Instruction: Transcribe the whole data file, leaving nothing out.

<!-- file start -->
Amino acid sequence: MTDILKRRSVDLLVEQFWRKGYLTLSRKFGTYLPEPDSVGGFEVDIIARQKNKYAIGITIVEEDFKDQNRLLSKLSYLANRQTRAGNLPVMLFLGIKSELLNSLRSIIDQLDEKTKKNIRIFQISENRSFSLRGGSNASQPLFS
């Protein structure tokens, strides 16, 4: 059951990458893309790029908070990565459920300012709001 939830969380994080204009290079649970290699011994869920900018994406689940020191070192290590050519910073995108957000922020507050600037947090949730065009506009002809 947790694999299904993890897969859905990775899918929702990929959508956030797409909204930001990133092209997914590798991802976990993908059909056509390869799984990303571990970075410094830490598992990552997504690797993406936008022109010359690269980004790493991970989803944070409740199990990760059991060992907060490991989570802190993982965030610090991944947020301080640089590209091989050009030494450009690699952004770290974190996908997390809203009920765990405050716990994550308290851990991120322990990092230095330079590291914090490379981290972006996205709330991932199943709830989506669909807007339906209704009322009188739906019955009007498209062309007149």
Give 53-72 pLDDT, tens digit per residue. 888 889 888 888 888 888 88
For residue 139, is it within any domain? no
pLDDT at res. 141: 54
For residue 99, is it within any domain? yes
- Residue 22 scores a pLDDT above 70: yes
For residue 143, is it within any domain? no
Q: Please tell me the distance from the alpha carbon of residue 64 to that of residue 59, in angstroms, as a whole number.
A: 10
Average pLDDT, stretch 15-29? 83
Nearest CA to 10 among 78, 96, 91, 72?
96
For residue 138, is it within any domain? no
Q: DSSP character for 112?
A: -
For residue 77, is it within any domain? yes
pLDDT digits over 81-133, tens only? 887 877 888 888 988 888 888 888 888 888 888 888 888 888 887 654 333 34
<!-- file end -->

Amino acid sequence: MTDILKRRSVDLLVEQFWRKGYLTLSRKFGTYLPEPDSVGGFEVDIIARQKNKYAIGITIVEEDFKDQNRLLSKLSYLANRQTRAGNLPVMLFLGIKSELLNSLRSIIDQLDEKTKKNIRIFQISENRSFSLRGGSNASQPLFS
């Protein structure tokens, strides 16, 4: 059951990458893309790029908070990565459920300012709001 939830969380994080204009290079649970290699011994869920900018994406689940020191070192290590050519910073995108957000922020507050600037947090949730065009506009002809 947790694999299904993890897969859905990775899918929702990929959508956030797409909204930001990133092209997914590798991802976990993908059909056509390869799984990303571990970075410094830490598992990552997504690797993406936008022109010359690269980004790493991970989803944070409740199990990760059991060992907060490991989570802190993982965030610090991944947020301080640089590209091989050009030494450009690699952004770290974190996908997390809203009920765990405050716990994550308290851990991120322990990092230095330079590291914090490379981290972006996205709330991932199943709830989506669909807007339906209704009322009188739906019955009007498209062309007149």
Give 53-72 pLDDT, tens digit per residue. 888 889 888 888 888 888 88
For residue 139, is it within any domain? no
pLDDT at res. 141: 54
For residue 99, is it within any domain? yes
- Residue 22 scores a pLDDT above 70: yes
For residue 143, is it within any domain? no
Q: Please tell me the distance from the alpha carbon of residue 64 to that of residue 59, in angstroms, as a whole number.
A: 10
Average pLDDT, stretch 15-29? 83
Nearest CA to 10 among 78, 96, 91, 72?
96
For residue 138, is it within any domain? no
Q: DSSP character for 112?
A: -
For residue 77, is it within any domain? yes
pLDDT digits over 81-133, tens only? 887 877 888 888 988 888 888 888 888 888 888 888 888 888 887 654 333 34